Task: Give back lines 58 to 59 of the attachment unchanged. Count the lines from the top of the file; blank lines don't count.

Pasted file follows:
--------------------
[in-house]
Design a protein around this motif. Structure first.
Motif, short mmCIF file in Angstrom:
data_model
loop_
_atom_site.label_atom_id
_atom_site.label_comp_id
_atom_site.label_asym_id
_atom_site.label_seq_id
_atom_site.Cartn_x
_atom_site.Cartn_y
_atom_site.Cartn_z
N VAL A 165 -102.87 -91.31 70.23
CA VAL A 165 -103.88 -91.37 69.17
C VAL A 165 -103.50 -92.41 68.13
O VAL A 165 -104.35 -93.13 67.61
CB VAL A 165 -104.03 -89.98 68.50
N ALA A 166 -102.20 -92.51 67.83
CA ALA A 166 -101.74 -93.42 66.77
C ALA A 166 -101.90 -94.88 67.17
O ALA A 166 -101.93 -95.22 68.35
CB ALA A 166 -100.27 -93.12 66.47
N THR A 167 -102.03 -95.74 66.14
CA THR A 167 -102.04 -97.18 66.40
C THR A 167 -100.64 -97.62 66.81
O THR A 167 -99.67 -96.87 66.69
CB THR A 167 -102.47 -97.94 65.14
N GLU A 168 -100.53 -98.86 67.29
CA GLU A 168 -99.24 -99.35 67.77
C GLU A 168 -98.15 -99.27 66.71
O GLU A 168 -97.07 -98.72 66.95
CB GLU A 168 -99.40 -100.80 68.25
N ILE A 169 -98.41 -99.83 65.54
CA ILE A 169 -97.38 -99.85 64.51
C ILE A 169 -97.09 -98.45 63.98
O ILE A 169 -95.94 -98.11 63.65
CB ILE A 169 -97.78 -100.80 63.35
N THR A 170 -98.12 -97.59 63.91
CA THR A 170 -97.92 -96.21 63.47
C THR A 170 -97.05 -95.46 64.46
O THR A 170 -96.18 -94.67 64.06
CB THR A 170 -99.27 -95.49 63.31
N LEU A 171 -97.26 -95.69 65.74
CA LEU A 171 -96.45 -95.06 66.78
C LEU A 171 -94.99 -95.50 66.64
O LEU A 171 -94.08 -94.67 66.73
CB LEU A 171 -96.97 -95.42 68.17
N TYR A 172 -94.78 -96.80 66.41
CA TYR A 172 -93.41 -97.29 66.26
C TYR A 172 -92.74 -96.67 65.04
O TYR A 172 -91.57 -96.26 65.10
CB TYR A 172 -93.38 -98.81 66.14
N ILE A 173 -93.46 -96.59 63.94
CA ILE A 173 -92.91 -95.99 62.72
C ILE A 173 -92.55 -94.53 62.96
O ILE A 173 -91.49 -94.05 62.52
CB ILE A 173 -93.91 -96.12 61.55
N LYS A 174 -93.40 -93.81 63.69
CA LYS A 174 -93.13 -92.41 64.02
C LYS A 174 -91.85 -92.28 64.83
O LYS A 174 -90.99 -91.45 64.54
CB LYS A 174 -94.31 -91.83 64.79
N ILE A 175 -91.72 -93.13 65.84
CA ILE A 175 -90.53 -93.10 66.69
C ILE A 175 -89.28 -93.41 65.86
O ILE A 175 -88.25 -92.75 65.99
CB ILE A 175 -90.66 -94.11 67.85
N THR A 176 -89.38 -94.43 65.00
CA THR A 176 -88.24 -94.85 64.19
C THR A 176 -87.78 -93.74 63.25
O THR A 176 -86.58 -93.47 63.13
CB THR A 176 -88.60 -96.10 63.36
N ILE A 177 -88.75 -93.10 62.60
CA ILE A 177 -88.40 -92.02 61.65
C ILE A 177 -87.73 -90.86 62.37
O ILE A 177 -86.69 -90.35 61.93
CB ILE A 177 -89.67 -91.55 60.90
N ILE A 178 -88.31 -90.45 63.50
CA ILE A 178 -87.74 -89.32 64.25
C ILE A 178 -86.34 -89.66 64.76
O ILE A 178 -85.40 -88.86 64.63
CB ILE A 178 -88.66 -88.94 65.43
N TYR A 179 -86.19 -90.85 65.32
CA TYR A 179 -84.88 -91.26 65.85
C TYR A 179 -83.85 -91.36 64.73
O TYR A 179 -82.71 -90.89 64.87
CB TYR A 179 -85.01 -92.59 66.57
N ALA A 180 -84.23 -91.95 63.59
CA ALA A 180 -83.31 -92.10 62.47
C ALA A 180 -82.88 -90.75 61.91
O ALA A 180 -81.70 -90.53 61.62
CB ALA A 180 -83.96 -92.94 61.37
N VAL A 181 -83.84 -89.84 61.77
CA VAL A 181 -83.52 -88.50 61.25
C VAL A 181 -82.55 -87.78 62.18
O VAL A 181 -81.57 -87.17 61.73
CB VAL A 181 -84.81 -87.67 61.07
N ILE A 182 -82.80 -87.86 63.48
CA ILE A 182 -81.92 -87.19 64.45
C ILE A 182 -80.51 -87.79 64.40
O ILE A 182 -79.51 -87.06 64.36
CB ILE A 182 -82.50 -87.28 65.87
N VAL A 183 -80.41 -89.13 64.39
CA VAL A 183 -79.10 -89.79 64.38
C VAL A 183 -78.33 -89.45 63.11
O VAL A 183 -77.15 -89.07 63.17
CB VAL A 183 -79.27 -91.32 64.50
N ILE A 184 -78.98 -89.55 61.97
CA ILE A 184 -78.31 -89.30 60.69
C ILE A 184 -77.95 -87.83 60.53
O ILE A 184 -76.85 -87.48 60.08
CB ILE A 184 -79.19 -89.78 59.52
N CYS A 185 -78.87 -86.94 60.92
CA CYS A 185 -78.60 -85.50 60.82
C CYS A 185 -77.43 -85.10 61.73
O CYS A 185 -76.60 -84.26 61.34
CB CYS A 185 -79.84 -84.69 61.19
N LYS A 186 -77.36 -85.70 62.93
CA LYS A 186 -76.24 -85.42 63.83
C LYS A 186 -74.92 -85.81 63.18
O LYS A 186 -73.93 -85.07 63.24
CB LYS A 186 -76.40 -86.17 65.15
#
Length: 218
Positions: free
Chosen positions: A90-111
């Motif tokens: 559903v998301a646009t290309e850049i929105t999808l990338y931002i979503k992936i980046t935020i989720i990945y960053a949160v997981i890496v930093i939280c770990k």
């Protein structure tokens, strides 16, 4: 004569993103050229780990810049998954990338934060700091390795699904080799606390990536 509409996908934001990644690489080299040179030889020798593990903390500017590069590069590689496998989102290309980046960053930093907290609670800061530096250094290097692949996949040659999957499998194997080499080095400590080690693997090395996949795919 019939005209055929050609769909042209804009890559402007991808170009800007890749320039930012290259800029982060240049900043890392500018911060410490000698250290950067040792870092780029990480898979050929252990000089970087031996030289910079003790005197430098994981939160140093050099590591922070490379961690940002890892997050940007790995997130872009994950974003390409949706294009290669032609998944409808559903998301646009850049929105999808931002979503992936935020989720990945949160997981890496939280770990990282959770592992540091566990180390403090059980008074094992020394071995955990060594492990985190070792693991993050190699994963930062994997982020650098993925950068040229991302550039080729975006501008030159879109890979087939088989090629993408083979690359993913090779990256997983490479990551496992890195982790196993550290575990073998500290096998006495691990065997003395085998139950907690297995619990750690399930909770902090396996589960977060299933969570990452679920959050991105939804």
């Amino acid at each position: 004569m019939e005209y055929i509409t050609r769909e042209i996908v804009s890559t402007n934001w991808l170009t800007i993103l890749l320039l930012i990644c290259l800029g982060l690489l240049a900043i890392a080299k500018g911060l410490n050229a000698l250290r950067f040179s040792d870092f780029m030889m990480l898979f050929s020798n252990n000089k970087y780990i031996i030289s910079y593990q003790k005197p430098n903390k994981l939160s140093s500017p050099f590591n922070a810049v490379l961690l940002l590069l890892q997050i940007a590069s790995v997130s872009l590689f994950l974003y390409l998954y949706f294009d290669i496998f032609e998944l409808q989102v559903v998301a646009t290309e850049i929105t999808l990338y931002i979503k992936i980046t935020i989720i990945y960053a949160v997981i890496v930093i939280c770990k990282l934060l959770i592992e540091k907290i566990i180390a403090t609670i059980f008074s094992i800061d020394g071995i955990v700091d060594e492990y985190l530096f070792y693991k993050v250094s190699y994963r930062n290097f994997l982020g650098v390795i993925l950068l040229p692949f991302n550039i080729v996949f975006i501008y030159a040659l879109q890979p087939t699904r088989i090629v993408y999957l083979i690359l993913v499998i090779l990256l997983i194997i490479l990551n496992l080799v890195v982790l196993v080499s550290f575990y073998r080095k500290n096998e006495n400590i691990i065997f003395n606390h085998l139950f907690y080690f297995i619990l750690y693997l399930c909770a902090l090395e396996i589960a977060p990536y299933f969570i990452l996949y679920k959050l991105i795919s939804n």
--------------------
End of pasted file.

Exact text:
N LYS A 174 -93.40 -93.81 63.69
CA LYS A 174 -93.13 -92.41 64.02